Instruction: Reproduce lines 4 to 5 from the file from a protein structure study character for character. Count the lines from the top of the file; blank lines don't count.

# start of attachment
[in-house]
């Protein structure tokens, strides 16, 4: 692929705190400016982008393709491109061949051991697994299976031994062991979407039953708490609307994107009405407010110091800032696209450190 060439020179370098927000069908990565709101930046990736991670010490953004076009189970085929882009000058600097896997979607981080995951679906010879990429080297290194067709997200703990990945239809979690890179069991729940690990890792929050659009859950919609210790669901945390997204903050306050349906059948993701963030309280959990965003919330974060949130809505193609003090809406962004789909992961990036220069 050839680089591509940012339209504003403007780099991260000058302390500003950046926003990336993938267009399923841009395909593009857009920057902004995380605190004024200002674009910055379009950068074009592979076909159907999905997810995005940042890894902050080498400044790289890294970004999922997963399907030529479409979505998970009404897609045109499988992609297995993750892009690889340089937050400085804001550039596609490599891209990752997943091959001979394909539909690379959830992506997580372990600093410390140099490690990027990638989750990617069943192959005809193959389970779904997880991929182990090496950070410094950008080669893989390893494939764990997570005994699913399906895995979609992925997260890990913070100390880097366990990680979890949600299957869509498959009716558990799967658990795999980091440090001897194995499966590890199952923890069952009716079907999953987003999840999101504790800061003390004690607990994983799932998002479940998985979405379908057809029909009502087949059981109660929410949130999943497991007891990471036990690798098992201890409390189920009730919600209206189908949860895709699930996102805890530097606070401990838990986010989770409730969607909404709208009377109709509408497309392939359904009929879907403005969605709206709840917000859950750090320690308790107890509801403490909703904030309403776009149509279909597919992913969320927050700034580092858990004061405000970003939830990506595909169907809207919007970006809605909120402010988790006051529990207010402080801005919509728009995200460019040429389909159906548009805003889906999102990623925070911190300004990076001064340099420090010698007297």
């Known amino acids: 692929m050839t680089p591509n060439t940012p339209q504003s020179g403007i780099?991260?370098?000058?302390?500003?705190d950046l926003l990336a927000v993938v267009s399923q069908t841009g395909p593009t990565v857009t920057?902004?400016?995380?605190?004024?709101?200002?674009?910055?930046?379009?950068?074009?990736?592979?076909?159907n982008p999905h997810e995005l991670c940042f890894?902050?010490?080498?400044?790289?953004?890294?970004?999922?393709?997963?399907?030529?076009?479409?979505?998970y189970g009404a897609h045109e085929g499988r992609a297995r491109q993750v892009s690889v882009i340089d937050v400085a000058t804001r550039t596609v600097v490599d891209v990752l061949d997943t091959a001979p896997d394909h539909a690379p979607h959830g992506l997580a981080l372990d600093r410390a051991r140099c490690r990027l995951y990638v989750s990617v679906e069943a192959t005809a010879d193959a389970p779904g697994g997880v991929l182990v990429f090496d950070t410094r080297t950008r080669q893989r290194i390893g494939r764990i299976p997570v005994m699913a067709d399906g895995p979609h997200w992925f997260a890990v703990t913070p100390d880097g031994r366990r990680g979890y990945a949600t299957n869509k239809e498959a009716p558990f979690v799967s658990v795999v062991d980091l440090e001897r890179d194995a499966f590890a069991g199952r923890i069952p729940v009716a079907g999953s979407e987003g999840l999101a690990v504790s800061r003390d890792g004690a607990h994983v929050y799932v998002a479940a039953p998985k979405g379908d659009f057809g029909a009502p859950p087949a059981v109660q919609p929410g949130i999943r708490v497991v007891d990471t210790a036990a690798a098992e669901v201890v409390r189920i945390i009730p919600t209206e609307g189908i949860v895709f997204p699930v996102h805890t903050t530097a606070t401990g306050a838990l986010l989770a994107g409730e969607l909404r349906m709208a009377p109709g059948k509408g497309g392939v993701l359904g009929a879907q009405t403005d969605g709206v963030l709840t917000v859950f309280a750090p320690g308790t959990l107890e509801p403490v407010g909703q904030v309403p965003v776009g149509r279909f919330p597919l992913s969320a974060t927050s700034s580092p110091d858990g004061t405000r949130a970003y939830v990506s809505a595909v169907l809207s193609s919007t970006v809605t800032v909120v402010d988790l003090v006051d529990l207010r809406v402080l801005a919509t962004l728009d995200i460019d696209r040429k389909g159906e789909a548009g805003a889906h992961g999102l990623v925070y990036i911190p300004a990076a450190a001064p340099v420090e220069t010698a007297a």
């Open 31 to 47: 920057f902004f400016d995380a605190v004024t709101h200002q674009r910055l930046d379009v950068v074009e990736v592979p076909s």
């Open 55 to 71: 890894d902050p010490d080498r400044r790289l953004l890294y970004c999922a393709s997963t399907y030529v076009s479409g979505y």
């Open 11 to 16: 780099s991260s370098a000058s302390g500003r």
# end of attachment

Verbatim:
């Open 31 to 47: 920057f902004f400016d995380a605190v004024t709101h200002q674009r910055l930046d379009v950068v074009e990736v592979p076909s």
């Open 55 to 71: 890894d902050p010490d080498r400044r790289l953004l890294y970004c999922a393709s997963t399907y030529v076009s479409g979505y």